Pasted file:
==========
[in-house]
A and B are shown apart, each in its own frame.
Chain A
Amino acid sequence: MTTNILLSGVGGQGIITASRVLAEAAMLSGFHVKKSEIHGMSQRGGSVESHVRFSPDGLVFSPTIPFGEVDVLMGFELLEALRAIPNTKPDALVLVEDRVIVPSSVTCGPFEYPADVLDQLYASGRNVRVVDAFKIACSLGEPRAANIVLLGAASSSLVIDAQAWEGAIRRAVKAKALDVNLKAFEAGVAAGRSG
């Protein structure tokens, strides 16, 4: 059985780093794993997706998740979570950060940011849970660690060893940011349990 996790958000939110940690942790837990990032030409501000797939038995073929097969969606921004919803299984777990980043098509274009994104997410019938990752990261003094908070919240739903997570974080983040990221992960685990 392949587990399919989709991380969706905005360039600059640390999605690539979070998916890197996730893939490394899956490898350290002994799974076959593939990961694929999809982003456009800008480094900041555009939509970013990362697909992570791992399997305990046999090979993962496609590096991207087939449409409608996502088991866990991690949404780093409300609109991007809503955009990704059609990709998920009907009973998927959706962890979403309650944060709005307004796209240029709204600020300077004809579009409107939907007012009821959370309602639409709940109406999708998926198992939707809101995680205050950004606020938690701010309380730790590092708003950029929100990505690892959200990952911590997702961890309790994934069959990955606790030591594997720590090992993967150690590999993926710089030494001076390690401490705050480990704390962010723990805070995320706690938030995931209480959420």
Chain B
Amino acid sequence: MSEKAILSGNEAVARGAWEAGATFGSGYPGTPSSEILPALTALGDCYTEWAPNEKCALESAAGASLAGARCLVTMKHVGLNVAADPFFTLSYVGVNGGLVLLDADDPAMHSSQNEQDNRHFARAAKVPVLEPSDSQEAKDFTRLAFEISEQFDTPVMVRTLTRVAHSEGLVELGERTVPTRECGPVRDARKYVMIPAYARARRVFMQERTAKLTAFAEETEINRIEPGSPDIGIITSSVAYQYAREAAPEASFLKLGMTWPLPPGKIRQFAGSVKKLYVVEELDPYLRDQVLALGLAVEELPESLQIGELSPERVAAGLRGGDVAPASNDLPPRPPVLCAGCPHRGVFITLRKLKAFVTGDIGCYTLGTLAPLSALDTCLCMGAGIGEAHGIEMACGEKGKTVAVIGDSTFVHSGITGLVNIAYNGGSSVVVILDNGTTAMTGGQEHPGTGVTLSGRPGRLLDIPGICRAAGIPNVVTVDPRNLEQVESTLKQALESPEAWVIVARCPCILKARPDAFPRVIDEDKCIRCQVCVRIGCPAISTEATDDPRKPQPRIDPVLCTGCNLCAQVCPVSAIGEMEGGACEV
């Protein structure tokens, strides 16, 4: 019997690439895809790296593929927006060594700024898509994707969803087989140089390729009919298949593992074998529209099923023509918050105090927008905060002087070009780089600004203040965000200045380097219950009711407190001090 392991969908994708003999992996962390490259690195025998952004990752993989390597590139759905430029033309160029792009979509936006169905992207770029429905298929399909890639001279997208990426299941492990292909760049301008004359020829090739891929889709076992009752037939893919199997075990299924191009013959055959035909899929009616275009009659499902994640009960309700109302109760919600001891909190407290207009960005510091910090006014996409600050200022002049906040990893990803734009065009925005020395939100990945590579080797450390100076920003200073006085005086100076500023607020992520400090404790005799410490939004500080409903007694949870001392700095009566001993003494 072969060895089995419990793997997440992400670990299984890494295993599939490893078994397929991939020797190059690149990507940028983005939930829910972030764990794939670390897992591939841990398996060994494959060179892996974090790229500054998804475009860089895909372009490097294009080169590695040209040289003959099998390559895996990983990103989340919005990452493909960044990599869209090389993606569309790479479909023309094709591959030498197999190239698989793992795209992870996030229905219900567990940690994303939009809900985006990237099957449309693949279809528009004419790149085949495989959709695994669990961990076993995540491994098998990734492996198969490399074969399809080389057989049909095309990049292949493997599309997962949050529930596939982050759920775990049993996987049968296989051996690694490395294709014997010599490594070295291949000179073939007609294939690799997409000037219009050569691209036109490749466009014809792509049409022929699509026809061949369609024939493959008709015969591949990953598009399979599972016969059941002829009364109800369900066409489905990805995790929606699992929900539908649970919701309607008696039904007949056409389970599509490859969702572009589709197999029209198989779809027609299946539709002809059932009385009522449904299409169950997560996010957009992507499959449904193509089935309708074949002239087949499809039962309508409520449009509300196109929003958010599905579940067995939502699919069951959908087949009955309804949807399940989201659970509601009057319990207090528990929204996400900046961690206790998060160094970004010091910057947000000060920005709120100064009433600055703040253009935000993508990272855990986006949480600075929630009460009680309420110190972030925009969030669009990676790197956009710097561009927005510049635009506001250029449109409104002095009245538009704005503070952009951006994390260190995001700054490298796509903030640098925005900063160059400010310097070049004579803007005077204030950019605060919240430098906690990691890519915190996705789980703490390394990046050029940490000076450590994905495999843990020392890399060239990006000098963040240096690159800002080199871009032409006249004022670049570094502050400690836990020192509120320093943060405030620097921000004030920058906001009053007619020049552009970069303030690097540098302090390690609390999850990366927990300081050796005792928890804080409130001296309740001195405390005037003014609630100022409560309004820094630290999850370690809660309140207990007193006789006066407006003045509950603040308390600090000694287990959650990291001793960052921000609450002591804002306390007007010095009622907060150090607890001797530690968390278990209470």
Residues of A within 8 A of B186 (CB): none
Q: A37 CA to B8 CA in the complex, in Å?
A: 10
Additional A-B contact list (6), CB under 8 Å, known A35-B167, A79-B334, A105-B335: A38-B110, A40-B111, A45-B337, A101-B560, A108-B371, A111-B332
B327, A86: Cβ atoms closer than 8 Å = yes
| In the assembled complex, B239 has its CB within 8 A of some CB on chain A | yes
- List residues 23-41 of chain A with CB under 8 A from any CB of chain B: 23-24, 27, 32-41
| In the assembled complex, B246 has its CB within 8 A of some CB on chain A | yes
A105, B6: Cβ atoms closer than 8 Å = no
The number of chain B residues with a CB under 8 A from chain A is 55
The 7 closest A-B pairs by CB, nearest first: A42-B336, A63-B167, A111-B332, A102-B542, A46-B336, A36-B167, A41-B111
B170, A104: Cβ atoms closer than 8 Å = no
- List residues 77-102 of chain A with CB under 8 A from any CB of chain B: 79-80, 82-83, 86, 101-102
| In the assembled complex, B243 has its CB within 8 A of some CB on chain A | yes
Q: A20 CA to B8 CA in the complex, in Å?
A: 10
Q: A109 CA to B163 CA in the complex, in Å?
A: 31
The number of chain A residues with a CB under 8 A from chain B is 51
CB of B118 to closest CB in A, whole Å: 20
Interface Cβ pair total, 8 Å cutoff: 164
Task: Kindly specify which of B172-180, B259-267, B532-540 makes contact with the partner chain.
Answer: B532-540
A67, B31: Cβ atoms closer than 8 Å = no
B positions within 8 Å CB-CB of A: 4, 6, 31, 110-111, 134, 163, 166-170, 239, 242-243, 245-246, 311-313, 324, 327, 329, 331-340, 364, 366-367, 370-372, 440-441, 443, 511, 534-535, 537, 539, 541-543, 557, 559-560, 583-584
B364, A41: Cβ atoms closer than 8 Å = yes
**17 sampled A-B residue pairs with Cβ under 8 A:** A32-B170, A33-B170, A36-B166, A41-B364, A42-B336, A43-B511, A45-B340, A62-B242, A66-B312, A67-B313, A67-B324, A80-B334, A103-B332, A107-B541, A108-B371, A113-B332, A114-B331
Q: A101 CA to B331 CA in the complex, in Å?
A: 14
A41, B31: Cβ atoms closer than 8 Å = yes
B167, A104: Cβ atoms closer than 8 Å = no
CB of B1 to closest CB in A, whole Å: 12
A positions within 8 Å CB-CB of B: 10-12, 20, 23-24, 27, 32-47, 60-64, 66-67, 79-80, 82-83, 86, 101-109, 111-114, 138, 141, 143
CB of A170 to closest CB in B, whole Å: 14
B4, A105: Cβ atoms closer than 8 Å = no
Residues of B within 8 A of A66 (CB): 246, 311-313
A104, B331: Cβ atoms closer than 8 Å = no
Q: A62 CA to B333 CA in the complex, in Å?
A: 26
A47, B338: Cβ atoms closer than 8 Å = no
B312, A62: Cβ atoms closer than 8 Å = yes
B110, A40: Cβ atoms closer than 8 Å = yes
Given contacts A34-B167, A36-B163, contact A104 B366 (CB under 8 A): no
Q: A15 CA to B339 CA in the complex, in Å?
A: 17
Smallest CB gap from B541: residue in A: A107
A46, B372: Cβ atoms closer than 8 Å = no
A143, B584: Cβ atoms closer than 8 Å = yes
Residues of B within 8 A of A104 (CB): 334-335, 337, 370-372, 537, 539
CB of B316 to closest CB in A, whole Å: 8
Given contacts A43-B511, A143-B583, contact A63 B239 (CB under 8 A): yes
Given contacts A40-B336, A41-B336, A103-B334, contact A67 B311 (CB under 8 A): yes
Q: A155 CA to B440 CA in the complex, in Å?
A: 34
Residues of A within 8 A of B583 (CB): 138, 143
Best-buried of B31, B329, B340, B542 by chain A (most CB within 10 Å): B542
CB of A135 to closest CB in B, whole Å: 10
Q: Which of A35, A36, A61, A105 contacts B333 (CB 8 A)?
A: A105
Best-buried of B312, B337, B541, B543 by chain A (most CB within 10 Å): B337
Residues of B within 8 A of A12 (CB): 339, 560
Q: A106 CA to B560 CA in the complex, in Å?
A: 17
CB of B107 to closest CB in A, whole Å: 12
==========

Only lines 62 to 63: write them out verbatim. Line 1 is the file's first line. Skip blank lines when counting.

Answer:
A: 34
Residues of A within 8 A of B583 (CB): 138, 143